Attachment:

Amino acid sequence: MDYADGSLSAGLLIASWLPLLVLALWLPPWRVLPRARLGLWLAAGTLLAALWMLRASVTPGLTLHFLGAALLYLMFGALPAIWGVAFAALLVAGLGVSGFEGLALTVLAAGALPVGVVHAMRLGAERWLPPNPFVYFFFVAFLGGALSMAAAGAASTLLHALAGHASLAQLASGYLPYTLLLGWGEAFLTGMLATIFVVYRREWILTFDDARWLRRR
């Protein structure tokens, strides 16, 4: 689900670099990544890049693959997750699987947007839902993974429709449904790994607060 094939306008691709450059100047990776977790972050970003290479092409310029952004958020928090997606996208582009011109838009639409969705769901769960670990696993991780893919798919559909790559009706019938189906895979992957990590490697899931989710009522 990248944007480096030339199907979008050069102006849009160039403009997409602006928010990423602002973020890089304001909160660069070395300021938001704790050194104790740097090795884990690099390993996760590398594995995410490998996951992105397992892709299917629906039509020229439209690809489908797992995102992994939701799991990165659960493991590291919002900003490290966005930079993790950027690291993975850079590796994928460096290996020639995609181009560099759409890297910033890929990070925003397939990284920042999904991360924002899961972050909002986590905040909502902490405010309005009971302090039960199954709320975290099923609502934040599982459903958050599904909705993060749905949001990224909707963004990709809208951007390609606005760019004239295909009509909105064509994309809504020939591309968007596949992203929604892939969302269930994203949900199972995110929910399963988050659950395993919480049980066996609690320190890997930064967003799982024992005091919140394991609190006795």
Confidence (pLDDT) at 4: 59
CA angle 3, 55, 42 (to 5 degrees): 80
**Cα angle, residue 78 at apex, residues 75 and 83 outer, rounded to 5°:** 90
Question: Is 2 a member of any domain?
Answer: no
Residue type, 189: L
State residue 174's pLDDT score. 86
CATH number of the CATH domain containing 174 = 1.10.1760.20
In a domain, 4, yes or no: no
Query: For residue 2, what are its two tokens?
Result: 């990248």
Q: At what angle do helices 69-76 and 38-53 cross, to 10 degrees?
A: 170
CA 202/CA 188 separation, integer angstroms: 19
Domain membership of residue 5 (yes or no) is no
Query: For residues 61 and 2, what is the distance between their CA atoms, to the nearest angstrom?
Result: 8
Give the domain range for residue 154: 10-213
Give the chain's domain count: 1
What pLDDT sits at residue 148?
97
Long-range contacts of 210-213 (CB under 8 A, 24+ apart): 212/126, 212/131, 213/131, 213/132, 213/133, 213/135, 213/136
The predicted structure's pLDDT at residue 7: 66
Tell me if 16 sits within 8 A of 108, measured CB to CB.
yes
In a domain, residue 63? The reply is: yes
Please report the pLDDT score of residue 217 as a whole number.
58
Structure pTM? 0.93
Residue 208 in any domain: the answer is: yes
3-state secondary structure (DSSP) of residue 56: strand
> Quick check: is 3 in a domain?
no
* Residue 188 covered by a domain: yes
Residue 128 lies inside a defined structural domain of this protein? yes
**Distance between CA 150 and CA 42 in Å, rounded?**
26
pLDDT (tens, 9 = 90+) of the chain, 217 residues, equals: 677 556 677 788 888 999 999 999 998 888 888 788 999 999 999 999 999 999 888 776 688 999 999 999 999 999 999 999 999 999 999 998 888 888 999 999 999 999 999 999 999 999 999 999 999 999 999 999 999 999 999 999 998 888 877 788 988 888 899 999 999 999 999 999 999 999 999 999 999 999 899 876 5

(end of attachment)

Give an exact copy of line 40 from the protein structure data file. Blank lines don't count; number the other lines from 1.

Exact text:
pLDDT (tens, 9 = 90+) of the chain, 217 residues, equals: 677 556 677 788 888 999 999 999 998 888 888 788 999 999 999 999 999 999 888 776 688 999 999 999 999 999 999 999 999 999 999 998 888 888 999 999 999 999 999 999 999 999 999 999 999 999 999 999 999 999 999 999 998 888 877 788 988 888 899 999 999 999 999 999 999 999 999 999 999 999 899 876 5